• Maintain this last position for 10-30 seconds while breathing normally.
  • Now inhale and steadily rise to your feet, stretching your arms straight above your head.
  • Exhale and return to your starting posture slowly.
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2. Trikonasana (The Triangle Pose)

Gastritis, indigestion, acidity, and flatulence can all benefit from Trikonasana. It also stretches the spine, strengthens the calf, thigh, and waist muscles, and expands the lungs’ capacity.


  • Maintain a 3 foot gap between your feet while standing erect.
  • Raise both arms sideways to shoulder level while slowly inhaling.
  • Turn your right foot to the right.
  • Exhale and bend to the right side, placing your right hand fingers directly behind your right foot.
  • The left arm should be parallel to the right arm.
  • Make a forward turn with your left palm.
  • Turn your head to look at the left middle finger’s tip.
  • Maintain the stance for 10-30 seconds while breathing normally.
  • Slowly inhale and exhale.
  • Carry out the same steps on the other side.

3. Ushtrasana (The Camel Pose)


  • Stand on your knees in Vajrasana, bringing your knees and feet a few inches apart.
  • Take a deep breath out and clasp your hands over your toes.
  • Inhale and pull your heels as near to your perineum as possible. Place a soft cushion underneath your knees for support if your thighs are not touching or are not near to the floor.
  • This is the last and most important position.
  • Stay in this position for a while, breathing normally.

4. Bhujangasana (The Cobra Posture)

The asana helps relieve constipation and stress.


  • Relax your body by lying down on your stomach and resting your head on your hands.
  • Bring your legs together and stretch your arms.
  • Keep your brow on the ground.
  • Place your hands just beside your torso, palms facing the ground and elbows on the ground.
  • Lift the head and chest up to the navel region as you slowly inhale. Do not change the position of your hands.
  • Stay as long as you want.
  • Sarala Bhujangasana is the name for this pose.
  • Return to your original position and place your brow on the ground.
  • Raise your elbows where they are and keep your palms beside your chest.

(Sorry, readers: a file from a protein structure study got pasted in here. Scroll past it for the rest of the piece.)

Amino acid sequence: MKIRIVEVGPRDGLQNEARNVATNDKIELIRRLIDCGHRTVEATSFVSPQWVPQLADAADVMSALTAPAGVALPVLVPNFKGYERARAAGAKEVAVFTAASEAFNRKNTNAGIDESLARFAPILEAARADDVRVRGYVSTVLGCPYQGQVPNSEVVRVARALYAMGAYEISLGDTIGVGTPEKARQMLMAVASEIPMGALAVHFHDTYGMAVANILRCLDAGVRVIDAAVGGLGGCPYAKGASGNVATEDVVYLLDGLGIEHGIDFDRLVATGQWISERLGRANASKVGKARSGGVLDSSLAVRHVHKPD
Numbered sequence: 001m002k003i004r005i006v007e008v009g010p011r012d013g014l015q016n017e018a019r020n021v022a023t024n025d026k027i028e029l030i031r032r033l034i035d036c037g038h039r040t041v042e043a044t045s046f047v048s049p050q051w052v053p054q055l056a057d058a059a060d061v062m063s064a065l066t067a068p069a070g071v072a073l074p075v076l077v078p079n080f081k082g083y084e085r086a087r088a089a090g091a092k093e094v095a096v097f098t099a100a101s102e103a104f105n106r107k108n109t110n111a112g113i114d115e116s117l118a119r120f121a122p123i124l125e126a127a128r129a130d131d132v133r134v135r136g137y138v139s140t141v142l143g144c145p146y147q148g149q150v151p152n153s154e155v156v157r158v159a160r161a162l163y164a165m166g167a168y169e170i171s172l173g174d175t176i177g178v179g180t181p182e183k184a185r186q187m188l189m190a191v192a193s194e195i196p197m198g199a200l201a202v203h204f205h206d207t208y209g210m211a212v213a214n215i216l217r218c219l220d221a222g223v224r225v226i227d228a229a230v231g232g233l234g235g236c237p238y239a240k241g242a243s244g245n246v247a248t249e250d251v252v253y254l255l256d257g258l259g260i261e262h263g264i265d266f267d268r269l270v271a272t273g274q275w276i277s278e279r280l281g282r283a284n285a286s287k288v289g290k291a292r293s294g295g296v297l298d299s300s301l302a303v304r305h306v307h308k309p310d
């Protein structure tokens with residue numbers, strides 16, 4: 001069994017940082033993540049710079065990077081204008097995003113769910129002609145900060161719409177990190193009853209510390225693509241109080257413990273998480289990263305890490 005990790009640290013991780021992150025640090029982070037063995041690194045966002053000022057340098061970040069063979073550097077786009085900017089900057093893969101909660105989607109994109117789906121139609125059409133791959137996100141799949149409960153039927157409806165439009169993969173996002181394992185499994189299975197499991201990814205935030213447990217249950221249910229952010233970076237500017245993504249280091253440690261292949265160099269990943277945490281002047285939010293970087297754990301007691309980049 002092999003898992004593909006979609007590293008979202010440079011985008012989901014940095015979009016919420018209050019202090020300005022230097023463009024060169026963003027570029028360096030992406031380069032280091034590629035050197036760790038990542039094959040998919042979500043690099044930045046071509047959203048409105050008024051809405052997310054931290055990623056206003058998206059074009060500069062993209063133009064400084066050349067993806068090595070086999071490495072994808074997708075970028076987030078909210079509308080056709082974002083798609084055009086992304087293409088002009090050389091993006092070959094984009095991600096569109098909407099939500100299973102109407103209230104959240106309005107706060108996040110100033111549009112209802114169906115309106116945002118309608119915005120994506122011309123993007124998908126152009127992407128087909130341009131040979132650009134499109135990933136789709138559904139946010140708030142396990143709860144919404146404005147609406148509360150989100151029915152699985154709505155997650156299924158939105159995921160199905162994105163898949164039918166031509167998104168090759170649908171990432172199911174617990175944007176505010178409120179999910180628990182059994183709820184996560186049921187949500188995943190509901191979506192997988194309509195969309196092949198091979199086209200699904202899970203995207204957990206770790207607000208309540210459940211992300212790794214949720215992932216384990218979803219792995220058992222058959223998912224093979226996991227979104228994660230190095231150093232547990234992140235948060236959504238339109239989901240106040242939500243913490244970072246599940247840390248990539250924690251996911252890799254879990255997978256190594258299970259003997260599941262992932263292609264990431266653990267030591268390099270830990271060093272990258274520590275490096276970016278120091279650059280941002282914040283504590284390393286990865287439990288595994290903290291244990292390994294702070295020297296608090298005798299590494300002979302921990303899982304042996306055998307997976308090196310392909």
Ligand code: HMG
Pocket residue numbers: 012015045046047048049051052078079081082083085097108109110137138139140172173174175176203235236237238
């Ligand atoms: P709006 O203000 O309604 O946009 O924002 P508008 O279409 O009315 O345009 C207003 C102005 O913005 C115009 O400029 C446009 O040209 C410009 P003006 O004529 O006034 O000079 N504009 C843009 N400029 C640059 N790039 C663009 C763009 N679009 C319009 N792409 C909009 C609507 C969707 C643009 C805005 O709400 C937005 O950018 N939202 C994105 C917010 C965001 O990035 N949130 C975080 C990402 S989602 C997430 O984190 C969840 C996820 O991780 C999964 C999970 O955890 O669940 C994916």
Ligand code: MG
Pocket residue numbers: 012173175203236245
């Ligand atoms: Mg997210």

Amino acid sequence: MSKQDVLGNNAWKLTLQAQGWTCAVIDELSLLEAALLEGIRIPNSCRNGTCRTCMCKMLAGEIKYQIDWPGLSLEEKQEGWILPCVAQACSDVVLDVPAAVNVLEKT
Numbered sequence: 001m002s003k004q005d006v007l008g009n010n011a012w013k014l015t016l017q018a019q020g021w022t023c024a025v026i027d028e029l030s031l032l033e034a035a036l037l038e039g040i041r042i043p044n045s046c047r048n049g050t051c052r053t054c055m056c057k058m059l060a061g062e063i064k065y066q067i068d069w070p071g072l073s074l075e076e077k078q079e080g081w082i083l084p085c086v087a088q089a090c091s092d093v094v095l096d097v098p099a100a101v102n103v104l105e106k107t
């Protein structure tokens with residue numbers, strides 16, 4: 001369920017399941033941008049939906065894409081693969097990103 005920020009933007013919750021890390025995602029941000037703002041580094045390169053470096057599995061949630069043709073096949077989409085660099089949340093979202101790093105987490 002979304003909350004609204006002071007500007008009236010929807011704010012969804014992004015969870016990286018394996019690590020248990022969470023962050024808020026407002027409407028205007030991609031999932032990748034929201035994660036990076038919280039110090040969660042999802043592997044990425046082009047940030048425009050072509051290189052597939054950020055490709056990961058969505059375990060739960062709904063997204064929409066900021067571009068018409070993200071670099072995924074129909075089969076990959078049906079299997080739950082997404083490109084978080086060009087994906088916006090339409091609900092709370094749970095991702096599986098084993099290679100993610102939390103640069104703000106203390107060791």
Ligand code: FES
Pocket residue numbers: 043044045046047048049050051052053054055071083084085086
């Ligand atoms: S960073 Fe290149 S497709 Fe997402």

• Inhale and slowly raise your head and chest to your navel.
  • Maintain the posture by keeping the elbows parallel and breathing normally for 10-30 seconds.
  • Bhujangasana is the name of the pose.
  • Exhale, place your forehead on the ground, and return to Makarasana.
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Pranayama For Acidity

1. Kapalabhati

Kapalbhati tones the digestive organs, strengthens the neurological system, and rejuvenates the entire body.


  • Sit in any position that is most comfortable for you.
  • Relax your entire body by closing your eyes.
  • Expand the chest by inhaling deeply through both nostrils.
  • Inhale passively after expelling the breath with powerful contractions of the pelvic and abdominal muscles.
  • Don’t overwork yourself.
  • Continue to exhale actively/forcefully and inhale passively.
  • Take 30 fast breaths, then take a long breath, gently exhale, and completely relax.
  • This is one Kapalabhati round.
  • Each round will be followed by a period of silence.
  • Repeat for another two rounds.

2. Nadisodhana

Alternate breathing via the left and right nostrils without or with breath retention is the main feature of this pranayama (kumbhaka).


  • Sit in any position that is most comfortable for you.
  • Close your eyes and keep your spine and head straight.
  • Take a few deep breaths to relax the body.
  • Keep the left palm in Jnana mudra on the left knee and the right palm in Nasagra mudra.
  • Fold the middle and index fingers and place them on the left nostril with the ring and small fingers.
  • The right thumb should be placed on the right nose.
  • Exhale through the right nostril. Open the left nostril, breathe in through the left nostril, cover the left nostril with the little and ring fingers, and release the thumb from the right nostril.
  • Inhale via your right nostril next. Close the right nostril at the end of inhalation, open the left nostril, and exhale through it.
  • Repeat for another four rounds of Nadisodhana or Anuloma Viloma Pranayama.

3. Bhramari Pranayama

Bhramari is a stress-relieving technique that can also aid with anxiety, irritability, and hyperactivity. Humming sound has a calming impact on the nervous system and psyche due to its resonance effect.


  • Close your eyes and sit in any comfortable position.
  • Deeply inhale through your nose.
  • Close your eyes with your index fingers, place your middle finger on the side of your nose but don’t close it, mouth with your ring and tiny fingers, and ears with your thumbs.
  • Exhale slowly and steadily, as if you were a black bee, while generating a deep, steady humming sound. This is the result of one round of Bhramari.
  • Rep for a total of four rounds.